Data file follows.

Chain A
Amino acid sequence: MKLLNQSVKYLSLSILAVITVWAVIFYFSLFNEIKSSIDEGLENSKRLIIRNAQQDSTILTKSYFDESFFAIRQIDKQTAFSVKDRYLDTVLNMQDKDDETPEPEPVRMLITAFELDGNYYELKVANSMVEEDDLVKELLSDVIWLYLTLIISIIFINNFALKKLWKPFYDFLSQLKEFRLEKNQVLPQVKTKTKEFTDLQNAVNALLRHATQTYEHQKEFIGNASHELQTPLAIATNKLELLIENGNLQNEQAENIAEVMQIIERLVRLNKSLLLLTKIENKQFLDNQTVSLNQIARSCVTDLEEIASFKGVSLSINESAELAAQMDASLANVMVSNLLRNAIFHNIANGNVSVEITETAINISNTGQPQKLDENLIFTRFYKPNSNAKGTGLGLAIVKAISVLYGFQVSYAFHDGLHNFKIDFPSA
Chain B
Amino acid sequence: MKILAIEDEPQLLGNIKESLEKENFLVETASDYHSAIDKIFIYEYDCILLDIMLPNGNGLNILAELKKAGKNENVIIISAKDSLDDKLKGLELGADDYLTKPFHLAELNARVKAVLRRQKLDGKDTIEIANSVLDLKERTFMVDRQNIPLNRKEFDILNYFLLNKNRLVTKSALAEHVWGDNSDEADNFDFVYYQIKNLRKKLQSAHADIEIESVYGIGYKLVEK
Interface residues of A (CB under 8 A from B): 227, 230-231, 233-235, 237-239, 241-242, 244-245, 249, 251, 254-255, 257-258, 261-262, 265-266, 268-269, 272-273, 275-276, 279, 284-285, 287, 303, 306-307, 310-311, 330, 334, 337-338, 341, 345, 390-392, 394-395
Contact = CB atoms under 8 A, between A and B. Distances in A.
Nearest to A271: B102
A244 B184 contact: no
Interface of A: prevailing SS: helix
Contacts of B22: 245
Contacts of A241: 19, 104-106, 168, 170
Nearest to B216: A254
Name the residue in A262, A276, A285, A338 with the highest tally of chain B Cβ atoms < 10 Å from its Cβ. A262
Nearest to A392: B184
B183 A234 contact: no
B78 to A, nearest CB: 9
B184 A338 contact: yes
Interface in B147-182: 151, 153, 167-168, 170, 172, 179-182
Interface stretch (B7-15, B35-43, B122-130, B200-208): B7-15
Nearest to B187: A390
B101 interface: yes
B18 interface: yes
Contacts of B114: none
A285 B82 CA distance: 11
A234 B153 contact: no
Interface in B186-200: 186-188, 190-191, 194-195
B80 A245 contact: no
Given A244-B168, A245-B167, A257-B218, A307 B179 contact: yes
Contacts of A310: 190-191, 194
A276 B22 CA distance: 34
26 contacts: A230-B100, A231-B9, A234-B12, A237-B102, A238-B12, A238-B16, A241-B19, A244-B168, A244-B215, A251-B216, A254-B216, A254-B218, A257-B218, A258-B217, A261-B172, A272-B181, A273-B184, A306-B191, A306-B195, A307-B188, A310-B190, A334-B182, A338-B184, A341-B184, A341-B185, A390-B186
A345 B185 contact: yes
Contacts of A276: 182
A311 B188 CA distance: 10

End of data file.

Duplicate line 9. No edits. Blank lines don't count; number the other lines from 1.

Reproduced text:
Interface of A: prevailing SS: helix